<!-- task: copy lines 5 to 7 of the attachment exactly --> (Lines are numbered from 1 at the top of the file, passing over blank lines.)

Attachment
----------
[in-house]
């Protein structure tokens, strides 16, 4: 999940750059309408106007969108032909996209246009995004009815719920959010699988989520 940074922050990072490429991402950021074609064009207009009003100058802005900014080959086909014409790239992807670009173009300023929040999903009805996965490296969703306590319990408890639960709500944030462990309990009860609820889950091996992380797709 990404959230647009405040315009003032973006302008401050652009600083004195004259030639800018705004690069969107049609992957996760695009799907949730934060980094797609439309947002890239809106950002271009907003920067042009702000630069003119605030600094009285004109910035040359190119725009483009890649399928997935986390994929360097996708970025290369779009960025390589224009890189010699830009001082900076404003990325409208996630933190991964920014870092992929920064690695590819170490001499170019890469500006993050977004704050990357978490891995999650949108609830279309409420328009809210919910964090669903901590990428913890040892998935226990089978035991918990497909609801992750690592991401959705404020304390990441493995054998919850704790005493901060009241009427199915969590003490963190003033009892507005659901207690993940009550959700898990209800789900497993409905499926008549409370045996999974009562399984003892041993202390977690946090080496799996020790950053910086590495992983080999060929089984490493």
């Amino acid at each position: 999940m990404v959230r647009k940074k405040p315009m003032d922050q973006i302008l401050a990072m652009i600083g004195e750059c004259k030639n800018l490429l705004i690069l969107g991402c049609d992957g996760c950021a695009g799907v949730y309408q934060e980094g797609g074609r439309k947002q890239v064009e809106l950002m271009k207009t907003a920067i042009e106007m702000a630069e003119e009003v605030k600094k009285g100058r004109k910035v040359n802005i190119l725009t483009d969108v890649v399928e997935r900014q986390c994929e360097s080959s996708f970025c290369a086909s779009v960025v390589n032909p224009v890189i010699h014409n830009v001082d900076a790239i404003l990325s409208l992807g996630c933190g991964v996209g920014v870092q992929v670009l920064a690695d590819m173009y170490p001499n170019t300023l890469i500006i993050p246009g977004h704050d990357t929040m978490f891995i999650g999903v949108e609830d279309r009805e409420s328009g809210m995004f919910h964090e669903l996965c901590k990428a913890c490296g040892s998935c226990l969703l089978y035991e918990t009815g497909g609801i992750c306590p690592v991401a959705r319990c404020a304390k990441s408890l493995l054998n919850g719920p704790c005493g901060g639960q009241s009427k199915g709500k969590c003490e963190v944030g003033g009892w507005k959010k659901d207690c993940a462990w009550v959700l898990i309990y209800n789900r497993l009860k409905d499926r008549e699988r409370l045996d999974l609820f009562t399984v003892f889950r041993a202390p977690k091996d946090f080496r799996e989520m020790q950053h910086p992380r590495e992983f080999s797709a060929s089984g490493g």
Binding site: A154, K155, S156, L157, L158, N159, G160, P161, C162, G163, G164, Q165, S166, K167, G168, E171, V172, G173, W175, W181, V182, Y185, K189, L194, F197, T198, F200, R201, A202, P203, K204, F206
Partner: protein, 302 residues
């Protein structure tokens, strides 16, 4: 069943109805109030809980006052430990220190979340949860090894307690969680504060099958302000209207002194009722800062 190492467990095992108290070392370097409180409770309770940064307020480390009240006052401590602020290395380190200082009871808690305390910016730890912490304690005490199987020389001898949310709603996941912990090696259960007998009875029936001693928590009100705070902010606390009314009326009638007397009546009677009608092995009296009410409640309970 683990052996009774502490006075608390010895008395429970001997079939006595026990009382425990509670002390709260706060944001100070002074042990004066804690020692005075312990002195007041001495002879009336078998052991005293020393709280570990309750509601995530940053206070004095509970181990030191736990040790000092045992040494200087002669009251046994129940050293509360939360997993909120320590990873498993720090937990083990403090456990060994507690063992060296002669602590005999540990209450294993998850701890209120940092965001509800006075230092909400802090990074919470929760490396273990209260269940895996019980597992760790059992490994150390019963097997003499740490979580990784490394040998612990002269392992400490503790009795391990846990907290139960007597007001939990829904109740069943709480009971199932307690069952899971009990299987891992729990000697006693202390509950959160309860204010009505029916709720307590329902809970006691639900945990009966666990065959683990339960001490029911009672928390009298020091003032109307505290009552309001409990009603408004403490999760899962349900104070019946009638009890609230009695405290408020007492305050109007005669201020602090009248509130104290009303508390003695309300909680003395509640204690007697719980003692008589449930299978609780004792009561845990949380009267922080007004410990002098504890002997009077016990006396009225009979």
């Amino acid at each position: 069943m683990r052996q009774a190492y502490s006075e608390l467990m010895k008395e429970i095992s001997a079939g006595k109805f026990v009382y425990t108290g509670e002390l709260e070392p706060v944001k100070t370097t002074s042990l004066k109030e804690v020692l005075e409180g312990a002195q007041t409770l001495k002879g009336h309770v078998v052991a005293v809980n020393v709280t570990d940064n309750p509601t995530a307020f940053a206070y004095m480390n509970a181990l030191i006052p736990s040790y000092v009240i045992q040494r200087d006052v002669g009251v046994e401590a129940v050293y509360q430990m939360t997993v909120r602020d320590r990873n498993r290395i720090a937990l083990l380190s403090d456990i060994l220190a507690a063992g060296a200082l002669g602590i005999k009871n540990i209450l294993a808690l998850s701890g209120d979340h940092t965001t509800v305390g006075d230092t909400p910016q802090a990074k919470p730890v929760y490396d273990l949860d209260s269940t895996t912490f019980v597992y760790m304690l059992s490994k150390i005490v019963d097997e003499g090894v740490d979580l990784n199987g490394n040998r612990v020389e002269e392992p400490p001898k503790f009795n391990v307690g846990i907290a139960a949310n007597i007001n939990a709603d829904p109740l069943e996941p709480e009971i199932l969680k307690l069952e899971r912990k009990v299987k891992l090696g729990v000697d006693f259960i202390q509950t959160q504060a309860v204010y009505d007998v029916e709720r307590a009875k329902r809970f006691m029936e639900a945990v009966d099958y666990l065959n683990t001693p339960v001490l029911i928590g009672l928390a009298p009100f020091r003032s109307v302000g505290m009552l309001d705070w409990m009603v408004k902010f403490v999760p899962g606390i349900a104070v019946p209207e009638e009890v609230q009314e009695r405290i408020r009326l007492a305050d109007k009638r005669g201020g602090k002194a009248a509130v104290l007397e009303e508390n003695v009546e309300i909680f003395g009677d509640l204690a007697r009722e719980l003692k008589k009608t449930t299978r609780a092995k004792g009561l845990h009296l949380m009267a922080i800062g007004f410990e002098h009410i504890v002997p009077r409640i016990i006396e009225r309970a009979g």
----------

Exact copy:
Partner: protein, 302 residues
């Protein structure tokens, strides 16, 4: 069943109805109030809980006052430990220190979340949860090894307690969680504060099958302000209207002194009722800062 190492467990095992108290070392370097409180409770309770940064307020480390009240006052401590602020290395380190200082009871808690305390910016730890912490304690005490199987020389001898949310709603996941912990090696259960007998009875029936001693928590009100705070902010606390009314009326009638007397009546009677009608092995009296009410409640309970 683990052996009774502490006075608390010895008395429970001997079939006595026990009382425990509670002390709260706060944001100070002074042990004066804690020692005075312990002195007041001495002879009336078998052991005293020393709280570990309750509601995530940053206070004095509970181990030191736990040790000092045992040494200087002669009251046994129940050293509360939360997993909120320590990873498993720090937990083990403090456990060994507690063992060296002669602590005999540990209450294993998850701890209120940092965001509800006075230092909400802090990074919470929760490396273990209260269940895996019980597992760790059992490994150390019963097997003499740490979580990784490394040998612990002269392992400490503790009795391990846990907290139960007597007001939990829904109740069943709480009971199932307690069952899971009990299987891992729990000697006693202390509950959160309860204010009505029916709720307590329902809970006691639900945990009966666990065959683990339960001490029911009672928390009298020091003032109307505290009552309001409990009603408004403490999760899962349900104070019946009638009890609230009695405290408020007492305050109007005669201020602090009248509130104290009303508390003695309300909680003395509640204690007697719980003692008589449930299978609780004792009561845990949380009267922080007004410990002098504890002997009077016990006396009225009979």
């Amino acid at each position: 069943m683990r052996q009774a190492y502490s006075e608390l467990m010895k008395e429970i095992s001997a079939g006595k109805f026990v009382y425990t108290g509670e002390l709260e070392p706060v944001k100070t370097t002074s042990l004066k109030e804690v020692l005075e409180g312990a002195q007041t409770l001495k002879g009336h309770v078998v052991a005293v809980n020393v709280t570990d940064n309750p509601t995530a307020f940053a206070y004095m480390n509970a181990l030191i006052p736990s040790y000092v009240i045992q040494r200087d006052v002669g009251v046994e401590a129940v050293y509360q430990m939360t997993v909120r602020d320590r990873n498993r290395i720090a937990l083990l380190s403090d456990i060994l220190a507690a063992g060296a200082l002669g602590i005999k009871n540990i209450l294993a808690l998850s701890g209120d979340h940092t965001t509800v305390g006075d230092t909400p910016q802090a990074k919470p730890v929760y490396d273990l949860d209260s269940t895996t912490f019980v597992y760790m304690l059992s490994k150390i005490v019963d097997e003499g090894v740490d979580l990784n199987g490394n040998r612990v020389e002269e392992p400490p001898k503790f009795n391990v307690g846990i907290a139960a949310n007597i007001n939990a709603d829904p109740l069943e996941p709480e009971i199932l969680k307690l069952e899971r912990k009990v299987k891992l090696g729990v000697d006693f259960i202390q509950t959160q504060a309860v204010y009505d007998v029916e709720r307590a009875k329902r809970f006691m029936e639900a945990v009966d099958y666990l065959n683990t001693p339960v001490l029911i928590g009672l928390a009298p009100f020091r003032s109307v302000g505290m009552l309001d705070w409990m009603v408004k902010f403490v999760p899962g606390i349900a104070v019946p209207e009638e009890v609230q009314e009695r405290i408020r009326l007492a305050d109007k009638r005669g201020g602090k002194a009248a509130v104290l007397e009303e508390n003695v009546e309300i909680f003395g009677d509640l204690a007697r009722e719980l003692k008589k009608t449930t299978r609780a092995k004792g009561l845990h009296l949380m009267a922080i800062g007004f410990e002098h009410i504890v002997p009077r409640i016990i006396e009225r309970a009979g």